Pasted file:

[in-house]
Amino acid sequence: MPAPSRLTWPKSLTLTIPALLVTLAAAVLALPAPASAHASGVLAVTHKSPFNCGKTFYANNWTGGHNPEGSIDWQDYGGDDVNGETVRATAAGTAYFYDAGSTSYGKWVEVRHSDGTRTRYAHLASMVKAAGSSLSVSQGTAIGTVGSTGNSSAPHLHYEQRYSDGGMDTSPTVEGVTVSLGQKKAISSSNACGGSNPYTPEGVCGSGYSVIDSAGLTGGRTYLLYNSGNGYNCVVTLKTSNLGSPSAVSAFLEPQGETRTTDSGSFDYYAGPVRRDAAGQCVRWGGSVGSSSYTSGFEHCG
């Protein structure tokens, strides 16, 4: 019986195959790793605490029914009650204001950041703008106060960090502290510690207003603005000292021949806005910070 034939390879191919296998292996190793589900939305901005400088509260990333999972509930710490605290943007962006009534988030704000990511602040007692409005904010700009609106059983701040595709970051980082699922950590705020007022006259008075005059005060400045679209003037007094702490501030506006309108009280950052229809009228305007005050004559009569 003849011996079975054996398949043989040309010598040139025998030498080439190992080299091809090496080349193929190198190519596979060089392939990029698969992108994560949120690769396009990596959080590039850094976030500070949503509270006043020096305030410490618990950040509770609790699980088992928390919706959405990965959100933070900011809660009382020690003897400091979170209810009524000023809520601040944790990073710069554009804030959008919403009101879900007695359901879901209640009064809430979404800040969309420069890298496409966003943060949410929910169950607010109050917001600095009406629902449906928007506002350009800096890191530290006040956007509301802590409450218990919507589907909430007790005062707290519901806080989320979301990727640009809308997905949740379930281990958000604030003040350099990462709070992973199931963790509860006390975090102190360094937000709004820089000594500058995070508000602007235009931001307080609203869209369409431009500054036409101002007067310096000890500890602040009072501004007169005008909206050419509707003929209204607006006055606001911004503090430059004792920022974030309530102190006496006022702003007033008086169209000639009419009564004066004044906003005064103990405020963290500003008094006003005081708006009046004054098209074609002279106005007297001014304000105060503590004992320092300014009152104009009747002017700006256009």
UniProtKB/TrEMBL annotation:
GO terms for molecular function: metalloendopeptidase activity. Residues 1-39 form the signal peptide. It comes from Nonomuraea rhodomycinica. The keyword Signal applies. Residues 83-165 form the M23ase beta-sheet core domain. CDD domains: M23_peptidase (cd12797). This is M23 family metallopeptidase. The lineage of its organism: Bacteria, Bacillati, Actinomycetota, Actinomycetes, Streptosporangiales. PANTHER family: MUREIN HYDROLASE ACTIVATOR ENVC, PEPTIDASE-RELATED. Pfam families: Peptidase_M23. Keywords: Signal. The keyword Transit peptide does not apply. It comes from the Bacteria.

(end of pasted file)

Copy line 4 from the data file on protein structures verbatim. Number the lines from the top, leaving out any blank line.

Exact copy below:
UniProtKB/TrEMBL annotation: